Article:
Like many members of the Skilled Political Debate Group at Blog Catalog, I'm marking the one-year countdown to the election with some thoughts on what's going to make it tough to elect the right President in 2008.
The biggest obstacle to electing the right President is the marketing culture in which we live. It's a culture in which sound bites are powerful and anything we really want people to hear must be reduced to a few-second clip. It's a culture in which the written word has to be formatted in bullet points and short, bold-headed paragraphs if it's to be read. It's a culture in which newspapers are careful to work the key points into the first paragraph of an article because they know that the vast majority of their "readers" never turn to page eight to continue the story. And it's a culture in which most newspapers and consumer publications work to keep their articles at a 7th-9th grade reading level.
On what, then, do voters base their decisions? Note that I did not say, "On what, then, are voters to base their decisions?". The answers to the latter question are myriad and crystal clear. One good piece of information would be a candidate's voting record as a Senator or Congressman--but not the checklist many interest groups or neutral voting organizations put out. That's not enough information, not because the information can't be trusted but because it's meaningless standing alone. Knowing that a Congressman voted "for the bankruptcy bill" or that a Senator "opposed a bill that would have brought our troops home from Iraq" is meaningless unless you know what the bill contained, what its impact would have been or has been, and what information was available at the time the official made his decision. The significance of those votes would also be clearer if you knew whether or not they were consistent with the candidate's previous positions, and if not, what accounted for the change.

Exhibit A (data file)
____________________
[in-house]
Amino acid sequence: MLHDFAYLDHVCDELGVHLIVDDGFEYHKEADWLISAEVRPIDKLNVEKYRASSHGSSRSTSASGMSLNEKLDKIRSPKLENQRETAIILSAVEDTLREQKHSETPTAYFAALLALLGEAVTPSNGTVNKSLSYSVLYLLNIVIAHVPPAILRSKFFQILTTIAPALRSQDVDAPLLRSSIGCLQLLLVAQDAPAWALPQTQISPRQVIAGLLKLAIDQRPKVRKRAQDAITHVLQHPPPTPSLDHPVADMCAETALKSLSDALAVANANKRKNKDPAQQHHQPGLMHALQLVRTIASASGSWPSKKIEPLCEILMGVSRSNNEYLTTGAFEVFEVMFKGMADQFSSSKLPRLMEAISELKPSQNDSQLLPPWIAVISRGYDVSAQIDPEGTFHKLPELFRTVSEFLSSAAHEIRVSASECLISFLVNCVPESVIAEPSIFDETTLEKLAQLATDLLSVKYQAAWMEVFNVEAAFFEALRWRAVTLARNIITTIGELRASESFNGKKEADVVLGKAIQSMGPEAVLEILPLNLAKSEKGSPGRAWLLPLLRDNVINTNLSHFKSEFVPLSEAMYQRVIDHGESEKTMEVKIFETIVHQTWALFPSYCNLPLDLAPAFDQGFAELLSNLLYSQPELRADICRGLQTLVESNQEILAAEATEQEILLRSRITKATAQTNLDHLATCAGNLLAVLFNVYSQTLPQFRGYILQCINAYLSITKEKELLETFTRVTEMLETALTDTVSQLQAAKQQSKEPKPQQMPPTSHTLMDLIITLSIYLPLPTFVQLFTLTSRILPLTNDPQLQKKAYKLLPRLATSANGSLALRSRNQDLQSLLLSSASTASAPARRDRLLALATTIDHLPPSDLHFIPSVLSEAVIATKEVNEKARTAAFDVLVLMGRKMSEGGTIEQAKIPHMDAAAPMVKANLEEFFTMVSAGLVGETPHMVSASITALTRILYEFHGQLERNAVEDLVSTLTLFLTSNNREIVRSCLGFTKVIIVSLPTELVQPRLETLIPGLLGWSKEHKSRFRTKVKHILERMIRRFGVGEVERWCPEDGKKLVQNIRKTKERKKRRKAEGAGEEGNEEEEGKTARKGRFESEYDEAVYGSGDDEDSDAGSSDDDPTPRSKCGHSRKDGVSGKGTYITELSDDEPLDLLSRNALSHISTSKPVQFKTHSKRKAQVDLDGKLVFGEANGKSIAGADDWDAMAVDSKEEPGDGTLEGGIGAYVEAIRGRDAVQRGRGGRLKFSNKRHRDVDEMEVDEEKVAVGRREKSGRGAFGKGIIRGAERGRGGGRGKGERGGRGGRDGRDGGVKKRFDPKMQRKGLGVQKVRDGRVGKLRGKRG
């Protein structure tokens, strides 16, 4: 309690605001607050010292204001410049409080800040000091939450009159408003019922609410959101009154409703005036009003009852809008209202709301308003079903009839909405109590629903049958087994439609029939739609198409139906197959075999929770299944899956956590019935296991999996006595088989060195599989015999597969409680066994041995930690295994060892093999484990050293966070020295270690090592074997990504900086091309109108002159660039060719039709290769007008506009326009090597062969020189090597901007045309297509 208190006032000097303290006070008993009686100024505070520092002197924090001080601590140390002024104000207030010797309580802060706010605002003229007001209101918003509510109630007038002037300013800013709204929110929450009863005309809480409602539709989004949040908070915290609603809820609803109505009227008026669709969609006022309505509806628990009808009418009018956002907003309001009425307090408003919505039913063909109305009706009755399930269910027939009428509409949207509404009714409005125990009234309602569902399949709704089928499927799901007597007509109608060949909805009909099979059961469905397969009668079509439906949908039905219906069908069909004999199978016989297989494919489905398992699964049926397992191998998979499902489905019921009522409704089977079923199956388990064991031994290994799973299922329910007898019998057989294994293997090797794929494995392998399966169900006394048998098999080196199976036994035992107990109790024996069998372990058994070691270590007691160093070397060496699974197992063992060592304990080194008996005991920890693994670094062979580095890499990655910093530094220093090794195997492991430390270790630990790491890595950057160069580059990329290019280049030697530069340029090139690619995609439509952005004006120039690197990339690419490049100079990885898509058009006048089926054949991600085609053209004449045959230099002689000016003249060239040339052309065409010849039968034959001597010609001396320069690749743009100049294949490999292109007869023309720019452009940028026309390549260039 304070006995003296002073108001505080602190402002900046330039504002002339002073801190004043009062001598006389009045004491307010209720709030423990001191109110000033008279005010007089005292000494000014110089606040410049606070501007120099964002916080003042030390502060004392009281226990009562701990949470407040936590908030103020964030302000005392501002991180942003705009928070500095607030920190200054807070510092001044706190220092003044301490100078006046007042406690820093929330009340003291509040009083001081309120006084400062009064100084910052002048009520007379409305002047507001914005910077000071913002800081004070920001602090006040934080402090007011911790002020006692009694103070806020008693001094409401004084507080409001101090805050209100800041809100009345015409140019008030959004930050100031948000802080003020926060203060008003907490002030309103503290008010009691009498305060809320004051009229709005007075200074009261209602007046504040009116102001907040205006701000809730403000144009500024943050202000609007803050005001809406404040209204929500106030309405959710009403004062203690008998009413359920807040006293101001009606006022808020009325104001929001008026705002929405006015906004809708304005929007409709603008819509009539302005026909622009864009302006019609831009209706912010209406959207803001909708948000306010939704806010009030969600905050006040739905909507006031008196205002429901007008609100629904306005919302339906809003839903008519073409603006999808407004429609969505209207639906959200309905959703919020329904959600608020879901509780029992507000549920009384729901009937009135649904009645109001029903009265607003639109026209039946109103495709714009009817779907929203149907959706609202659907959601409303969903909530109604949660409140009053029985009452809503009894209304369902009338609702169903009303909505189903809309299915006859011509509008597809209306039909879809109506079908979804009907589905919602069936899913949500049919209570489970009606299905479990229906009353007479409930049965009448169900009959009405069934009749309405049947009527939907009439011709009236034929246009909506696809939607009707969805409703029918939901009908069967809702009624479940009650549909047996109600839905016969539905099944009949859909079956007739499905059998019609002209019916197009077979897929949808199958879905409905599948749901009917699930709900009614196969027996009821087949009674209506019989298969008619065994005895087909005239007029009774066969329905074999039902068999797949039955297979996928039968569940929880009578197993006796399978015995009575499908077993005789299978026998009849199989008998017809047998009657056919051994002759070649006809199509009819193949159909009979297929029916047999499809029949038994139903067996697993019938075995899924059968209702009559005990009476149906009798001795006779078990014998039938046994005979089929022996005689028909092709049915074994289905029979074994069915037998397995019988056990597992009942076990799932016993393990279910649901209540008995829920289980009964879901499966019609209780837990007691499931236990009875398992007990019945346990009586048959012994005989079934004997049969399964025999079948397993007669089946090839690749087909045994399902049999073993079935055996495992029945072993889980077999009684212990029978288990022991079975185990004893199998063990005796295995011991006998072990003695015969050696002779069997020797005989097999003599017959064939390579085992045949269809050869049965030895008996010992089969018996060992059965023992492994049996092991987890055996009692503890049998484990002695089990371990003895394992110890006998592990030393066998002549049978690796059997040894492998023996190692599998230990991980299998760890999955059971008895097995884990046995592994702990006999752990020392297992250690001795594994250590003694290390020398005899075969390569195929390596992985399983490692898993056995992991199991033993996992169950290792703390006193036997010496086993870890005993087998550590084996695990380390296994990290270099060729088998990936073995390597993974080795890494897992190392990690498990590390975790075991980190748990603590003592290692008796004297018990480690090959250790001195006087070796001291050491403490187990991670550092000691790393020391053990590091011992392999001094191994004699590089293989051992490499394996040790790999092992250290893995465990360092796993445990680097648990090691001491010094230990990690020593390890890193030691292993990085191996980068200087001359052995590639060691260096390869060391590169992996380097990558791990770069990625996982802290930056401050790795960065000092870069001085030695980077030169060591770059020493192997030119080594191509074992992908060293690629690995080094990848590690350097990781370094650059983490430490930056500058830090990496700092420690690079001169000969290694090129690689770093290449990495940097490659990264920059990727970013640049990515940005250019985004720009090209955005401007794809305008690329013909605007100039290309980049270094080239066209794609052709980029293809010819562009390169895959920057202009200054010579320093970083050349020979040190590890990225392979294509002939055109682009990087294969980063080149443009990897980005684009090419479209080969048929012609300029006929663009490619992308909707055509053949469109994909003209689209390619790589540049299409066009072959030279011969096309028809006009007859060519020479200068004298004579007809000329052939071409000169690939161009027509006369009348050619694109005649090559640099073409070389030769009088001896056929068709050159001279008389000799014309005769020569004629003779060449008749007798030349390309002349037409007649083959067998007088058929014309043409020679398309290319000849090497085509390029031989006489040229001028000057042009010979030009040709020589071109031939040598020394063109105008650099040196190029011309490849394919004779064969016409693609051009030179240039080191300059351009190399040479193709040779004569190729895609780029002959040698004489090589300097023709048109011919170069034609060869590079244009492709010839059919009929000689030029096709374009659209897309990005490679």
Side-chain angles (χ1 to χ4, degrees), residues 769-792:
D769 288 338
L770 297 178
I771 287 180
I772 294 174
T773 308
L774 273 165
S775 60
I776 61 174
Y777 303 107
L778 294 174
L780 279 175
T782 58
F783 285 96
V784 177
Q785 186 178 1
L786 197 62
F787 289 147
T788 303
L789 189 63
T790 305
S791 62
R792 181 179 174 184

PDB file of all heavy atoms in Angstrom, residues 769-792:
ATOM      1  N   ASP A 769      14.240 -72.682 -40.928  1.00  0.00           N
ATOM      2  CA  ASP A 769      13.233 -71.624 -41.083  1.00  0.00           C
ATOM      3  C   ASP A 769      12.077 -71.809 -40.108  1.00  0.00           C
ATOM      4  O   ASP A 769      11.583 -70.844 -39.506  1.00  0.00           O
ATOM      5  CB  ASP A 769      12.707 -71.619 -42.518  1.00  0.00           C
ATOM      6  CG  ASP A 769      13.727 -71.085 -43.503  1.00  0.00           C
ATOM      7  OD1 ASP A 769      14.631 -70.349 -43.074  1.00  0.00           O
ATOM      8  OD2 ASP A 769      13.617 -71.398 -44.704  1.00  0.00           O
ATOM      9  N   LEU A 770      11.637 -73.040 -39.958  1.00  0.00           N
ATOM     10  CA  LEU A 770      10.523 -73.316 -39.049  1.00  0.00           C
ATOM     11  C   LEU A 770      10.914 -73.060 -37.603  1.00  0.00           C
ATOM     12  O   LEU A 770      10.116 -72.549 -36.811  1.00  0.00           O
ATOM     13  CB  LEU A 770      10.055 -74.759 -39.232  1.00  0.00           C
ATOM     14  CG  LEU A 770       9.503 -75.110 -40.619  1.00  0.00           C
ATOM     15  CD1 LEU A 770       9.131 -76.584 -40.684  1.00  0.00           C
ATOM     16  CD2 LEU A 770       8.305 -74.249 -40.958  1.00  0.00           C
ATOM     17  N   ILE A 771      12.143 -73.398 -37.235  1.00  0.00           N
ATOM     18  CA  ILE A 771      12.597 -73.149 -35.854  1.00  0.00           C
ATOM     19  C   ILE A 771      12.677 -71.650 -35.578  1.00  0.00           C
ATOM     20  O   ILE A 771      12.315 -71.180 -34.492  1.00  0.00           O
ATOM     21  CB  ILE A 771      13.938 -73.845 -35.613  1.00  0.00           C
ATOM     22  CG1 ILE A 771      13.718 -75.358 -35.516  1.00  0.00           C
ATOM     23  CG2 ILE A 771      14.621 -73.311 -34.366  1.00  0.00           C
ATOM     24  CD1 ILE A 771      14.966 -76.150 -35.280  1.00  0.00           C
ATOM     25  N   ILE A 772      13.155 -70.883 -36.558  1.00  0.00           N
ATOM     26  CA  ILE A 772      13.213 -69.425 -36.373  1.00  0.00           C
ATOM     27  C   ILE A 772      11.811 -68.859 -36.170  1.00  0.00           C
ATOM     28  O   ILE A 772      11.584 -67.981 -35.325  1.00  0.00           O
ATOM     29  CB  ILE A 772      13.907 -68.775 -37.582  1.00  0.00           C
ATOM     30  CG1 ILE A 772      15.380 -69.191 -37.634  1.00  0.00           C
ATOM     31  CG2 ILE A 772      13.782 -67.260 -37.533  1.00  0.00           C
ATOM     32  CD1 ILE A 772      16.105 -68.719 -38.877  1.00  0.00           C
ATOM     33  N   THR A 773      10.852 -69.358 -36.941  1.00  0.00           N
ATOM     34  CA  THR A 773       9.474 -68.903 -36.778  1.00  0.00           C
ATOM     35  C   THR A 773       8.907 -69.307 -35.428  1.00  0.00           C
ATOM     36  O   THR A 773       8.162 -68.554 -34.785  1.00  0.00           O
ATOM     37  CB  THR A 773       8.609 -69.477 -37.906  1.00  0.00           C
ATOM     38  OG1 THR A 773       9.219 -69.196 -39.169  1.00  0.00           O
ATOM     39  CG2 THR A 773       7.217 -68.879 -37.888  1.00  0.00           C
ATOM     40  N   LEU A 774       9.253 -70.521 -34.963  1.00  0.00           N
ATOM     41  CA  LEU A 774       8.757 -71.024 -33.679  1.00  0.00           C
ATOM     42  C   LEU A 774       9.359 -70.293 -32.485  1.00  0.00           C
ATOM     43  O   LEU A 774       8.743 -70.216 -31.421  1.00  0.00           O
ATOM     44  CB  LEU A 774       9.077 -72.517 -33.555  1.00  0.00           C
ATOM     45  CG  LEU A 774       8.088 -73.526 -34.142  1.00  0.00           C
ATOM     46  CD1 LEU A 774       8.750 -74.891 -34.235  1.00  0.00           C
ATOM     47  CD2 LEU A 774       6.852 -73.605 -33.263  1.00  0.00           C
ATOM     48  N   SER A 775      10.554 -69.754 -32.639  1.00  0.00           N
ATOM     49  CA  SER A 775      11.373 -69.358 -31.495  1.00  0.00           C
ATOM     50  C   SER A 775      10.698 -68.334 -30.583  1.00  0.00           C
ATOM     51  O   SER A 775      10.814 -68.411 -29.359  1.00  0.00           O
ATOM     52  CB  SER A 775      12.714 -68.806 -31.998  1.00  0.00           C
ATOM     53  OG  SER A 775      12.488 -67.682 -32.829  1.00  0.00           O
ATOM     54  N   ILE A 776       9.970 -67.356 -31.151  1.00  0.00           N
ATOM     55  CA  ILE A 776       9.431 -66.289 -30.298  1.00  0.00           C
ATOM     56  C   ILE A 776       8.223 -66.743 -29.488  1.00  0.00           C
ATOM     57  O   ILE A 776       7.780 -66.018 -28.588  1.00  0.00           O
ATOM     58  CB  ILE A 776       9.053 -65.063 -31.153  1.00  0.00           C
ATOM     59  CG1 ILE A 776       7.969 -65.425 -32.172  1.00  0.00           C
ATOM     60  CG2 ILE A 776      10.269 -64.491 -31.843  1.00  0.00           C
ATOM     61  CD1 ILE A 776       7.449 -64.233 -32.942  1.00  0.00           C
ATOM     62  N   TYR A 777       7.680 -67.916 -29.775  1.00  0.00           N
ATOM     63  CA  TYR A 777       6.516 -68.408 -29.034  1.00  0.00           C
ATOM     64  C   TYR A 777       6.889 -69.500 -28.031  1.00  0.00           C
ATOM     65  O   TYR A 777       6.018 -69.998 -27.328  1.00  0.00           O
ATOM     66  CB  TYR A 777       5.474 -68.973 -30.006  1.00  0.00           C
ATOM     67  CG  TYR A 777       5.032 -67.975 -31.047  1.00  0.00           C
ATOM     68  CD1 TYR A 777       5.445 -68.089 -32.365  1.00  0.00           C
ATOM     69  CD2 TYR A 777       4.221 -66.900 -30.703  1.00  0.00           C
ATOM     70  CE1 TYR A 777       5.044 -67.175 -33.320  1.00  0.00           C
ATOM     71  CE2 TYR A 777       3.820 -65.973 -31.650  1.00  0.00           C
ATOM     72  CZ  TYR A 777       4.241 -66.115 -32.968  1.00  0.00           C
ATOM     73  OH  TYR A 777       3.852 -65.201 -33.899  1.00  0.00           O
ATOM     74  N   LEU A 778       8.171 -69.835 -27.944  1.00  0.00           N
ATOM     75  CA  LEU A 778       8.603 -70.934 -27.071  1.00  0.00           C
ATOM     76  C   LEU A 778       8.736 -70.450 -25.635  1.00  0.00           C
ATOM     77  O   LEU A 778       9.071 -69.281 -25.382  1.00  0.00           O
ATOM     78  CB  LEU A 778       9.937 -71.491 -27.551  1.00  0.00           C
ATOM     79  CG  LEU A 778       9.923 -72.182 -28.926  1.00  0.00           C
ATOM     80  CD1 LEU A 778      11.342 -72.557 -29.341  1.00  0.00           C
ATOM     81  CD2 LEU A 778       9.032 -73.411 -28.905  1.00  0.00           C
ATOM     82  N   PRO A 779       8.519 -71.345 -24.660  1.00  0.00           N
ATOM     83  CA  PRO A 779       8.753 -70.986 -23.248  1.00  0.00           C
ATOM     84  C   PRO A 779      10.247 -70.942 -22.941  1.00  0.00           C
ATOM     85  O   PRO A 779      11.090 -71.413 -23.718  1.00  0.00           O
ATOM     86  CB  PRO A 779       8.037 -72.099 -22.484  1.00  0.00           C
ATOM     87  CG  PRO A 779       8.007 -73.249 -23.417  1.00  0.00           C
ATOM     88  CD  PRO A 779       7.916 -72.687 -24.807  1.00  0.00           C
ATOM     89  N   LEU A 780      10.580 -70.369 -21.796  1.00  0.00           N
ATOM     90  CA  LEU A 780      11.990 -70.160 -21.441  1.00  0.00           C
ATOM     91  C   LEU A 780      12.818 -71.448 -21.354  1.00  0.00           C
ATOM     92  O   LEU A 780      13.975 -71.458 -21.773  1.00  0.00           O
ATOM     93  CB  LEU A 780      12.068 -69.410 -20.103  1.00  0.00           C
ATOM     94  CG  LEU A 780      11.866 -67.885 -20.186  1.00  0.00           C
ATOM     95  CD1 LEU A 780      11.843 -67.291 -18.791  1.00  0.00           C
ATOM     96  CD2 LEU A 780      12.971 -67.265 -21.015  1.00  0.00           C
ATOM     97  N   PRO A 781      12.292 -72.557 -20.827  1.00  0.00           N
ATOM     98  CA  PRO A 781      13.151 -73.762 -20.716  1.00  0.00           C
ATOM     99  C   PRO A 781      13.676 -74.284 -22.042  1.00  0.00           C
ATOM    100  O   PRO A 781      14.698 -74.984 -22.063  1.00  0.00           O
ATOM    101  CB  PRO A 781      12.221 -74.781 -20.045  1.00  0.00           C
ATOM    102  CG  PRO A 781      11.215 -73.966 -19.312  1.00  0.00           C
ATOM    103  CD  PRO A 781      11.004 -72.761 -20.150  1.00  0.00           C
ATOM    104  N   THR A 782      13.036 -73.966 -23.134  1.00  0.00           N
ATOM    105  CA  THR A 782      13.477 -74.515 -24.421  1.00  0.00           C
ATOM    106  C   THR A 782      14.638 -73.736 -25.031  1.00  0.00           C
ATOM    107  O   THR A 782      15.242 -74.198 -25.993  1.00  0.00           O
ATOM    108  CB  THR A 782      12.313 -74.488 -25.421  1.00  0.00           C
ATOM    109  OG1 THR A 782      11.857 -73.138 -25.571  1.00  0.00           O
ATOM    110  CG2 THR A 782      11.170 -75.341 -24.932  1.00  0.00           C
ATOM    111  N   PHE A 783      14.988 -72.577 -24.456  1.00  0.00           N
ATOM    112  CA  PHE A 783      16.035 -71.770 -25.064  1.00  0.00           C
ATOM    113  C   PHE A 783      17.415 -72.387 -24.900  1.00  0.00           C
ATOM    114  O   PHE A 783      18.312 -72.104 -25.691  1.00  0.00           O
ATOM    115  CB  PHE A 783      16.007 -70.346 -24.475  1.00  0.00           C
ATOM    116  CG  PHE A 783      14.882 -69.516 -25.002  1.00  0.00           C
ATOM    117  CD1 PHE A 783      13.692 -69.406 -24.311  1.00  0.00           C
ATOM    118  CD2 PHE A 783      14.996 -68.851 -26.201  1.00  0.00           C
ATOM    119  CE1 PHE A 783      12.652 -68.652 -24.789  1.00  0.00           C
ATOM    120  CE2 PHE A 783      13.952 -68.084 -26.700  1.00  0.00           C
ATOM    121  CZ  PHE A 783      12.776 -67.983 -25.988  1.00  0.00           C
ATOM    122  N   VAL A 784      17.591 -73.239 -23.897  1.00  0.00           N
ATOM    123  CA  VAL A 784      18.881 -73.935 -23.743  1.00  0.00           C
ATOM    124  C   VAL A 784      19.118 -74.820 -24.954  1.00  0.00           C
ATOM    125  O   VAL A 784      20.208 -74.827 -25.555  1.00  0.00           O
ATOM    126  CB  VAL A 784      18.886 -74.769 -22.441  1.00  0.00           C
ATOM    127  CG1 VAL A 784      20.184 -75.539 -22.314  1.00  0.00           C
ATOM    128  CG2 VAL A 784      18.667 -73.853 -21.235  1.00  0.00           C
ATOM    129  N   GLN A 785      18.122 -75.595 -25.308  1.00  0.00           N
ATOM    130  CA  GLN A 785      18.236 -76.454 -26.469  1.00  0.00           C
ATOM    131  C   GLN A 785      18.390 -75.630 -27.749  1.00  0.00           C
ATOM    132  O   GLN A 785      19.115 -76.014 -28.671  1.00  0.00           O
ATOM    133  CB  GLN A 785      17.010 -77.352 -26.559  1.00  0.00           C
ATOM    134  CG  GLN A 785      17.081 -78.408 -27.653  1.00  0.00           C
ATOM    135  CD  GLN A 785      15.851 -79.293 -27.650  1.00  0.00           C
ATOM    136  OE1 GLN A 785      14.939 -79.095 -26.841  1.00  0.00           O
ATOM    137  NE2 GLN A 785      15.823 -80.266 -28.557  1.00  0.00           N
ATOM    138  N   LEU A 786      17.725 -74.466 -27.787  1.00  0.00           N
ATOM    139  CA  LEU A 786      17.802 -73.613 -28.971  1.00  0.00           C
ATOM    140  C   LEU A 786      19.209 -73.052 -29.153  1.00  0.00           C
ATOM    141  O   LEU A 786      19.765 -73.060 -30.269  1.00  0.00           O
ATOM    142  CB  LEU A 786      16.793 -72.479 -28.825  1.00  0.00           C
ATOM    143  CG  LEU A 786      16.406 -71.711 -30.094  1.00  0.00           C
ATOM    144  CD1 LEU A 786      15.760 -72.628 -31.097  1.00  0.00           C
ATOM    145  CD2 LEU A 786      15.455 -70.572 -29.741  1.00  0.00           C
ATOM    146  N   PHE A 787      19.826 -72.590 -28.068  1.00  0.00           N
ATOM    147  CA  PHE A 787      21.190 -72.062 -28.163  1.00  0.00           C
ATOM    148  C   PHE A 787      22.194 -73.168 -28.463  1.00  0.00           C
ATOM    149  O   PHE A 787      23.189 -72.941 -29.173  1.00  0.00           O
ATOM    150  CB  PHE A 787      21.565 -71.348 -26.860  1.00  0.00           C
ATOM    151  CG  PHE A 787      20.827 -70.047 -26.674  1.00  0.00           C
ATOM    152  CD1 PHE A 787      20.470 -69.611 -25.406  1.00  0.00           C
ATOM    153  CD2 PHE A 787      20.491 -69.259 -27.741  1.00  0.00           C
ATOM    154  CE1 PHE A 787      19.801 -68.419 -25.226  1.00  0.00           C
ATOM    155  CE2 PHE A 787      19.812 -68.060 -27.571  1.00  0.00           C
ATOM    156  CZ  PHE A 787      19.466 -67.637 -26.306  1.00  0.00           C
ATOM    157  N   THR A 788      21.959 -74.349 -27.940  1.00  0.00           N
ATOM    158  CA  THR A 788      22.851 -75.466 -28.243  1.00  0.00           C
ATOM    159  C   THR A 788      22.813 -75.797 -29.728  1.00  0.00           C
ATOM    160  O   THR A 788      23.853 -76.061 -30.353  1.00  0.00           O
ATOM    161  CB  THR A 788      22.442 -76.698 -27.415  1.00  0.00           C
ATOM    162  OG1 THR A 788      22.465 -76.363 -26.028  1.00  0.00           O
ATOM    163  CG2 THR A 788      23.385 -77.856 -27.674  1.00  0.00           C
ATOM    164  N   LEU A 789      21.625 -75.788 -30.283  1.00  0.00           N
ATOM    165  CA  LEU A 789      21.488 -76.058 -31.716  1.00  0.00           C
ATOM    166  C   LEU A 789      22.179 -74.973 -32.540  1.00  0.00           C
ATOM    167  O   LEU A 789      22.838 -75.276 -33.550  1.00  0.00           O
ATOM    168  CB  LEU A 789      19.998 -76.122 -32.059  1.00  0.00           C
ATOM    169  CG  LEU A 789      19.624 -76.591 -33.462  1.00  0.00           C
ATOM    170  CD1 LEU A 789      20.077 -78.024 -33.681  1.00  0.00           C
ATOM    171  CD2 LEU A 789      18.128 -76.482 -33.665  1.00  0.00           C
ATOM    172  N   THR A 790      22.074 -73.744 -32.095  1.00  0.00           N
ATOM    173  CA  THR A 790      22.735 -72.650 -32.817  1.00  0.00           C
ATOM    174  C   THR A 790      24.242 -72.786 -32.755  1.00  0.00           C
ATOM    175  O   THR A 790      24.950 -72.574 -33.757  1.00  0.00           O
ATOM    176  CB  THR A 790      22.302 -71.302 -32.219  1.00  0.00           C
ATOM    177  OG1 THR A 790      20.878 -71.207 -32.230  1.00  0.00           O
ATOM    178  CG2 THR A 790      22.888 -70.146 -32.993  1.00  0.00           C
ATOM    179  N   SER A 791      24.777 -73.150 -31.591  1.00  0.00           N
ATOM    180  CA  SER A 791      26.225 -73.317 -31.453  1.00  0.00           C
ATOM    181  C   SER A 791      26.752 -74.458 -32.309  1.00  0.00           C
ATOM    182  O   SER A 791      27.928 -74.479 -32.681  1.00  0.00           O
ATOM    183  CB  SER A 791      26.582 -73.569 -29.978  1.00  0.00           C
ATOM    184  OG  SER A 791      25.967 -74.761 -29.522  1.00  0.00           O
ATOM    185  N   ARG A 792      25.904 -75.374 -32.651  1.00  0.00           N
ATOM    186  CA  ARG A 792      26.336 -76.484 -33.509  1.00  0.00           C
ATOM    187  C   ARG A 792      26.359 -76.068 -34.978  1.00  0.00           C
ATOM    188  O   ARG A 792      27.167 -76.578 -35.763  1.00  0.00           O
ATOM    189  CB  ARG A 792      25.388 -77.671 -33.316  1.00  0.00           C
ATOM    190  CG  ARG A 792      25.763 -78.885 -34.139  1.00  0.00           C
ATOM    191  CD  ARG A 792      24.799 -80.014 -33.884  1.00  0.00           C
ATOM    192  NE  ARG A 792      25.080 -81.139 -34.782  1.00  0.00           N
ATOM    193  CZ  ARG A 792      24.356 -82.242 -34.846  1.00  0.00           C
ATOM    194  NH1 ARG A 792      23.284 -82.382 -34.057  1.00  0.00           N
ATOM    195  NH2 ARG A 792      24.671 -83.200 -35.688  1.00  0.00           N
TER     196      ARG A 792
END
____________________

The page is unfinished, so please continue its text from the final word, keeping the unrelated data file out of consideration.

And, of course, as our tolerance for dense text and long explanations diminishes, our world is growing more complex. At the very moment we most need to focus deeply, to understand the details, to analyze the connections and to think beyond the sound bite, our time and our patience have all but disappeared. The vast majority of us simply don't have enough information to cast a reasonable vote.
There's a lot of talk every election year about how terrible it is that voter turnout is so low. I'll agree that it's a shame that more potential voters don't participate in the political process, but I don't think that's all about voting. In fact, I think too many people are voting. People who are voting based on ten-second sound bites and whether or not someone "looks Presidential" should either be educating themselves about the issues and the candidates or staying home from the polls. And those aren't the worst votes cast by any stretch of the imagination--they pale in comparison to the voters in the 1986 Illinois primary who made Janice Hart and Mark
Fairchild the Democratic candidates for Attorney General and Lieutenant Governor on the strength of their NAMES. After the election, many voters admitted that they'd had no idea who the candidates were. I'll let you draw your own conclusions about why voters who (by their own admission) knew nothing about the candidates chose Janice Hart over the party-supported Aurelia Pucinski. Because the candidates for Governor and Lieutenant Governor run on a single-vote ticket like the President and Vice President, Democratic gubernatorial candidate Adlai Stevenson III left the party's ticket and ran as a Solidarity candidate, losing the election by the widest margin in Illinois history.
Just a little rule of thumb: If you've never heard of a candidate, YOU PROBABLY SHOULDN'T VOTE FOR HIM.
We hear a lot of sound bites about how voting is a right, or a privilege or a responsibility--but just like the politicians' sound bites leave out all of the unpleasant or complicated or conflicting details, the voting sound bites leave out a critical fact: the right (or responsibility) to vote carries with it a responsibility to make educated decisions. A vote that's a guess is worse than no vote at all.
Here are a few of the other posts on this topic so far.
If you'd like to participate, simply create your own blog post with the title "The Biggest Obstacle to Electing the Right President" and:
-email the link to either libdrone at gmail dot com or TLSanders at gmail dot com
-post the link in the political debate group at the link at the top of this page
-leave your link in a comment to this post